SPRINGFIELD (Illinois News Network) — A review of tax dollars that officials from local governments around Springfield used to attend the annual Illinois Municipal League conference in Chicago showed the smallest community spent the most, and some officials took their spouse.
The private Illinois Municipal League lobbies state government on behalf of municipal governments. Not only do taxpayers pay their village’s or city’s membership to the IML, many of them across the state also foot the bill for local officials to attend the IML’s annual conference in Chicago.
The late September conference included a captive audience of village and city officials ranging from trustees, alderman, village presidents, city attorneys, police and fire chiefs and other municipal officials.
IML Executive Director Brad Cole said the conference includes training sessions.
“Much of which is mandated by the state and their positions require the latest training just like any other position,” Cole said.
There were also vendors on hand showing off their wears to local government decision makers.
Public records reviewed by Illinois News Network showed Springfield, with a population of 116,000, sent an alderman costing $1,130. That covered travel, lodging and hotel. Much smaller Jacksonville, a population of around 18,000, sent its mayor, costing $1,537. Even-smaller Chatham, population 12,600, sent one trustee for a cost of $630. Similarly sized Taylorville sent two officials for a cost of $1,650.
Sherman, north of Springfield with a population of 4,700, spent $6,500, or five times the amount the Capital City spent even though it is significantly smaller. Those costs included officials’ spouses attending.
Cole defended spouses going along to the conference in Illinois’ largest city.
“Sometimes the spouse gets just as much information as the elected official at home when they’re hearing from their friends and neighbors and the people that are being represented,” Cole said.
Conference registration for local officials cost $310. For the spouse to get into the exhibit expo, the cost was $25. But there was also the Saturday luncheon that cost $55 and the banquet that cost $125, for a total cost of $205.
Sherman’s costs included registration, hotel, travel via train or car, a room upgrade, valet parking and cab fare. Three city officials also booked tickets for their spouses. That was Trustee Pam Gray and husband John, Trustee Kim Rockford and spouse Danny, and Village Administrator Michael Stratton and wife Michelle.
Despite a receipt showing Sherman Mayor Trevor Clatfelter being registered for the conference at a price of $310, he says he did not attend. There are no records that he had a hotel registration as other attendants from Sherman had. Clatfelter said he’ll have to find out if the village was reimbursed for the registration.
Asked about taking spouses, Stratton said in an email “I have no response to you other than Village IML Conference attendance and reimbursement guidelines provide for spouse attendance.”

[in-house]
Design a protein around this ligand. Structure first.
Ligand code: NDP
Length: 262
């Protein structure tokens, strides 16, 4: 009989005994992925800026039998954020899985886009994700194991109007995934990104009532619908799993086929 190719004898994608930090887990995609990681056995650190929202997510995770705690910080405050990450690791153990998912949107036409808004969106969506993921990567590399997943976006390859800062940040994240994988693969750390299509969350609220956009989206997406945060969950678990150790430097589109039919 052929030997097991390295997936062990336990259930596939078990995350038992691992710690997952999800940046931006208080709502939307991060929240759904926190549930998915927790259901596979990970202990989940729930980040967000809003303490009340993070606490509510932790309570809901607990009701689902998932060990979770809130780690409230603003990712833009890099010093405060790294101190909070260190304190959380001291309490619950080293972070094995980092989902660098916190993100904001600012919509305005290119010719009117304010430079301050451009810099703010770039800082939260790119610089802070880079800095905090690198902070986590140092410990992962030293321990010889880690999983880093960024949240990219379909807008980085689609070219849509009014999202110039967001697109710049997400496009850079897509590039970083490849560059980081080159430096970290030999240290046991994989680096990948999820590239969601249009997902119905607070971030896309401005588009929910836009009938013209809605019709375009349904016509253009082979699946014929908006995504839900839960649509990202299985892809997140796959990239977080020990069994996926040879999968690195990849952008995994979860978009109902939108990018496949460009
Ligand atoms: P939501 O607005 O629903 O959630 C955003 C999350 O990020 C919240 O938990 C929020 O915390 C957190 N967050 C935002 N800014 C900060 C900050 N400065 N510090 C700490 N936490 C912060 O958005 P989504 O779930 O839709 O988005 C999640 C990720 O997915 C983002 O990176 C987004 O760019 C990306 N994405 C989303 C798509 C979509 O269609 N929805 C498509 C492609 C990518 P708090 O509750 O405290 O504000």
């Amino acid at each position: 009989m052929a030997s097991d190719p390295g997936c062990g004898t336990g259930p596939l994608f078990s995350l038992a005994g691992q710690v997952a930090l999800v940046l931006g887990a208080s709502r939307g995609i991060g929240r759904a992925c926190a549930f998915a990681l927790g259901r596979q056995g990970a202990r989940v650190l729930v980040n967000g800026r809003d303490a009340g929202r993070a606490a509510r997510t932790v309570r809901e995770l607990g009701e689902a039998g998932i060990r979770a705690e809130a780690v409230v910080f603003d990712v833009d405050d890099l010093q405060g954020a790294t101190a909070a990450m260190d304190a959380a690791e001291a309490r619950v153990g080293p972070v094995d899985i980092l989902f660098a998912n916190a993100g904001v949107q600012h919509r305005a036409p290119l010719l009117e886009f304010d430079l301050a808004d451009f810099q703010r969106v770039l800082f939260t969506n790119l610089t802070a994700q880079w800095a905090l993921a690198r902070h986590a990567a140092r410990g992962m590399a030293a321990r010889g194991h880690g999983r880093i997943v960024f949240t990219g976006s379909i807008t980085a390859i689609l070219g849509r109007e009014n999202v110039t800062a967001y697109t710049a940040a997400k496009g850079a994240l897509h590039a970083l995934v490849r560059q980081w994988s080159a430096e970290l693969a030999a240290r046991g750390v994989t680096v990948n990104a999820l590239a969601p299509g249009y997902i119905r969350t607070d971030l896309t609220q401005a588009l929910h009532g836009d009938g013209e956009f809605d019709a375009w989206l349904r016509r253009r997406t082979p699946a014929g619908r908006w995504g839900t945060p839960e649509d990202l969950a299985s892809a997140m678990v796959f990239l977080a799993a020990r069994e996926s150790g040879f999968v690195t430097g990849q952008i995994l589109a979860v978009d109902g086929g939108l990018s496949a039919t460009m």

Those guidelines say “Spouses are permitted to attend conference with authorized employee, trustee or other with the Village at no additional cost to the spouse. The Village will pay the cost of Spouse to attend the exhibit Expo, Banquet and Saturday Luncheon.”
Messages left for Pam Gray and Kim Rockford were not returned.
“I don’t begrudge local officials for wanting to go to conferences to try and do a better job for the constitution that they serve, I think that’s a good thing to do, and I’ve participated in some conferences from a state level,” said state Rep. Tim Butler (R-Springfield). “I don’t pay for those with taxpayer dollars, but I have participated and I know that they can be very useful in doing your job and building relationships to try to do good things for your community.”
But Butler said local taxpayers footing the bills may have to have some controls.
“I think that having some controls on possibly how many people can participate or maybe making sure that you are trying to hold the costs down as much as possible is really important,” he said. “And a lot of our communities are having big budget holes that they have to fill, so if I’m a locally elected official, I’d really want to watch to hold the line on that as well.”
As to taking a spouse to the conference on the taxpayer’s dime?
“There’s nothing wrong with taking your spouse to an event,” Butler said. “I don’t have a problem with that. My wife joins me at things, but we make sure that is not paid for with government funds and I think that’s probably the No. 1 thing.”
Reporting by Greg Bishop
The Center Square -- formerly known as Watchdog.org and the Illinois News Network -- and their reporters represent 18 states across the United States as the taxpayers' watchdog, exposing the way government really works.
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